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Vacation rentals in 42 Florida counties now cleared to reopen

The state approved 4 more counties Saturday.

A dozen more counties are open for vacation rentals, just in time for Memorial Day Weekend.

After approving 12 counties Friday, the state raised the number of counties cleared to reopen vacation rentals to 38. Another four more added Saturday pushed that count to 42.

The latest list added Highlands, Indian River, Monroe and Taylor counties. On Friday evening, the state cleared Brevard, Hernando, Hillsborough, Jackson, Lake, Marion, Martin, Okeechobee, Orange, Putnam, St. Lucie and Volusia counties’ vacation rental plans.

Those plans, going into effect immediately, will reverse Gov. Ron DeSantisstatewide ban in late March. Last week, the Governor announced individual counties could submit their plans to reopen short-term vacation rentals through the Department of Business and Professional Regulation (DBPR) for approval.

With 42 county’s plans now approved, only 25 counties remain under the original order.

On Thursday, DBPR approved 10 counties and on Wednesday, the department approved eight counties across the state. The first round of approvals came Tuesday, when it cleared eight coastal Panhandle counties from Escambia to Wakulla.

DeSantis has made clear that the plans should not allow guests from COVID-19 hot spot regions to rent.

“If you tell me you’re going to rent them out to people from New York City, I’m probably not going to approve that, OK?” DeSantis said. “If you’re saying that, you know, you’re going to rent it out to people in other parts of Florida or something that would be manageable or if there’re ways in there that clearly you have an eye to safety, then I’m fine.”

All counties’ plans will discourage renting to travelers from hot spot regions identified by the Governor, namely New York, New Jersey, Connecticut and Louisiana. Some counties go further, banning guests from states with 700 cases per 100,000 residents, adding Delaware, Illinois, Massachusetts, Michigan, Rhode Island and Washington, D.C. to their restrictions.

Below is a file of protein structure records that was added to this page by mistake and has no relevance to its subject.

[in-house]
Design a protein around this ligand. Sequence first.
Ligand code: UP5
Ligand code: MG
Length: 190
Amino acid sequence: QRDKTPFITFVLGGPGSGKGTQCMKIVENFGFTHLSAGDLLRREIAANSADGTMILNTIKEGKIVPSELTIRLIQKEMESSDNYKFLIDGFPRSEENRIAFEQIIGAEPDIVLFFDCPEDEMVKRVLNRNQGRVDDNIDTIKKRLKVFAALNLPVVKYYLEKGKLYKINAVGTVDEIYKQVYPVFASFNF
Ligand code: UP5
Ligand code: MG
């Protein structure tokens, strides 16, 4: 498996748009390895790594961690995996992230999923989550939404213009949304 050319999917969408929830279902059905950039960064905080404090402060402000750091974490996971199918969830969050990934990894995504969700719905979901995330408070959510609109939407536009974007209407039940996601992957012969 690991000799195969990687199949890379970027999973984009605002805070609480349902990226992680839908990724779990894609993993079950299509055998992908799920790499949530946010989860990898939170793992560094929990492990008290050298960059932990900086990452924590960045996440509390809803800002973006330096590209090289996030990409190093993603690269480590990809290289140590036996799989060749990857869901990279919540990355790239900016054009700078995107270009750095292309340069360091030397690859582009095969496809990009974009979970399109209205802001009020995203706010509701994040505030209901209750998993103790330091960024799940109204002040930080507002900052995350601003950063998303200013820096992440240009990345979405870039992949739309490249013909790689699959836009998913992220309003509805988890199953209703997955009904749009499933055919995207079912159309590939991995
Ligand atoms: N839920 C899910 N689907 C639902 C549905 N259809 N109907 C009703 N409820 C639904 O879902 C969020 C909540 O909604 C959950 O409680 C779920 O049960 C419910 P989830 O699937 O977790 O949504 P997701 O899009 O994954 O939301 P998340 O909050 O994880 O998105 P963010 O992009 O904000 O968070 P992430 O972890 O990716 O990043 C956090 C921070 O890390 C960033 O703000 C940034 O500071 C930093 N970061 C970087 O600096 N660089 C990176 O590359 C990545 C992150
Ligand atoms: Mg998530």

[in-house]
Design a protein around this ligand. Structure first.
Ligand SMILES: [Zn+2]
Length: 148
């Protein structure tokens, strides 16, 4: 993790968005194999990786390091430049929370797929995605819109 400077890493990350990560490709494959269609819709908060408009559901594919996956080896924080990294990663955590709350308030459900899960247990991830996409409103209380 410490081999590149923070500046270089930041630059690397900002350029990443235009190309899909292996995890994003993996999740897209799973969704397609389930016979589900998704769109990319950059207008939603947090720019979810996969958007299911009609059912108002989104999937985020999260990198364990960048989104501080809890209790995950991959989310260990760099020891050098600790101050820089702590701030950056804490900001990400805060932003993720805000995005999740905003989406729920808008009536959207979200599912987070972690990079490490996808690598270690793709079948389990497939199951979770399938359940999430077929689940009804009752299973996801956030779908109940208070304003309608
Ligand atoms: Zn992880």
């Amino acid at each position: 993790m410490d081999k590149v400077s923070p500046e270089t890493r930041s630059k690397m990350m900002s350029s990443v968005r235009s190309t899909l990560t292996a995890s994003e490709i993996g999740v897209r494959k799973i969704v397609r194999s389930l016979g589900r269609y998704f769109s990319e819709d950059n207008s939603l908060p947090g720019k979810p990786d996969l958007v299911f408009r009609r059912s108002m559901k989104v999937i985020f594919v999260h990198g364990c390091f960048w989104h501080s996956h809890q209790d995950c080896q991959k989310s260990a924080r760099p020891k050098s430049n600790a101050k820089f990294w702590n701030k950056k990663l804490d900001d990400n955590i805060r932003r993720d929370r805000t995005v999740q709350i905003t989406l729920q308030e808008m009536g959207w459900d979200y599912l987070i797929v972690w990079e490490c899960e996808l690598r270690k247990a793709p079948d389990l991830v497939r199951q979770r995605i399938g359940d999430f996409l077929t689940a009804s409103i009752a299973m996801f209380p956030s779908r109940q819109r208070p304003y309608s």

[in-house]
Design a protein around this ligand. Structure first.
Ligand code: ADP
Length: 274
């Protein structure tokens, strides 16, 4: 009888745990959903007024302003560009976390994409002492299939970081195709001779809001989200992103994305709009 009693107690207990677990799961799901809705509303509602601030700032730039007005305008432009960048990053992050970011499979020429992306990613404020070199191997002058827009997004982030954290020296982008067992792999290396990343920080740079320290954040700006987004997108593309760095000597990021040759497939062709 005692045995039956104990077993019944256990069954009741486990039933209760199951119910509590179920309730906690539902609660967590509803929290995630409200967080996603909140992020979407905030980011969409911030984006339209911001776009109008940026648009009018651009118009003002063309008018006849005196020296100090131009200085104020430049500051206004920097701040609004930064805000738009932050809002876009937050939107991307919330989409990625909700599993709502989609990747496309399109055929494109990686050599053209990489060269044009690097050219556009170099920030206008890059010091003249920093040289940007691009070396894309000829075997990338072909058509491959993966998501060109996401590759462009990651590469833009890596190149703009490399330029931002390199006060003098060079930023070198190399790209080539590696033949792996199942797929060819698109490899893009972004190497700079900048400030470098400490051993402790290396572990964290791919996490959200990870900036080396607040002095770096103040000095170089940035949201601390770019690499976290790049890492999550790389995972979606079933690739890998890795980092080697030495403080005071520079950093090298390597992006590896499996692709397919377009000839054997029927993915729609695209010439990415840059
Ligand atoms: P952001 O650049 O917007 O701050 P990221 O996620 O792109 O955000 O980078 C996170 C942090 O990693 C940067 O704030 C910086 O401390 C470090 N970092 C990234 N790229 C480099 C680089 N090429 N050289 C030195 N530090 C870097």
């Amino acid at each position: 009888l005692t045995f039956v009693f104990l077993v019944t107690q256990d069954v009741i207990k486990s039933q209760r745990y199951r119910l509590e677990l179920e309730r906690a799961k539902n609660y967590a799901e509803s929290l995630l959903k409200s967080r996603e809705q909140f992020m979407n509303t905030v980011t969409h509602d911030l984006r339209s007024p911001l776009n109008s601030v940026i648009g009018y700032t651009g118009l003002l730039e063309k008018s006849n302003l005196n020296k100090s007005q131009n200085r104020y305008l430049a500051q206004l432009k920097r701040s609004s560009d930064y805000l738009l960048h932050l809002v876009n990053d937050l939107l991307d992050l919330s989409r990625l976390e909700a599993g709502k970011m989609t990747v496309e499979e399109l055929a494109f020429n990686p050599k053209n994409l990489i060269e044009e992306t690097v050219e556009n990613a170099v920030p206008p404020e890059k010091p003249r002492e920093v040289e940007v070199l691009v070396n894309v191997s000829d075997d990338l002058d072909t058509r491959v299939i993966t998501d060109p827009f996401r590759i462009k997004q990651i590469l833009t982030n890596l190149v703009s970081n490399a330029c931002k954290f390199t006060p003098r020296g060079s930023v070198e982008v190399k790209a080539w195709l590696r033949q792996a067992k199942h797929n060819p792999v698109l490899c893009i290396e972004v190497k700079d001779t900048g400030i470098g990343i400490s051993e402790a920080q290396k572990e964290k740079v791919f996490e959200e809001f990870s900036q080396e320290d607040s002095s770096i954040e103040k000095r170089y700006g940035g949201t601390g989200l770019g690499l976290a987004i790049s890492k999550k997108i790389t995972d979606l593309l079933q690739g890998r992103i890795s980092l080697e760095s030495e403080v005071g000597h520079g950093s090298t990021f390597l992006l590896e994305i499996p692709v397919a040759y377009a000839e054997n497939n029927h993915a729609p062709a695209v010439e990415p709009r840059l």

Signed amid concerns about spring breakers, the original executive order noted that vacation rentals are attractive destinations for out-of-state visitors, then the driving source of COVID-19 infections. During his Friday press conference, DeSantis elaborated on why he let hotels stay open for business.

“Part of the thing is I have National Guard — I’ve got all these National Guard I’ve got to put up,” DeSantis said. “I’ve got other people I’ve got to put up, so we needed to have an ability to have hotels, so it’s a little bit different situation.”

The vacation rental ban includes a carveout for those performing military or government duties and emergency, health or infrastructure responses. Additionally, those on business trips or staying more than 30 days may rent.

DeSantis’ Re-Open Florida Task Force, which included representatives from the Florida Restaurant and Lodging Association, Walt Disney World Resort and the Fontainebleau luxury hotel in Miami Beach, last month recommended including restrictions on vacation rentals for most of the state’s reopening process. The panel did not include voices from the vacation rental industry.

The task force recommended that hosts only be allowed to rent to Florida residents and be banned from accepting reservations from international travelers or from visitors who live in cities that are known hot spots for COVID-19. The panel did not recommend restrictions for hotels, motels, resorts and time-share developments.

Written By

Renzo Downey covers state government for Florida Politics. After graduating from Northwestern University in 2019, Renzo began his reporting career in the Lone Star State, covering state government for the Austin American-Statesman. Shoot Renzo an email at renzo@floridapolitics.com and follow him on Twitter @RenzoDowney.

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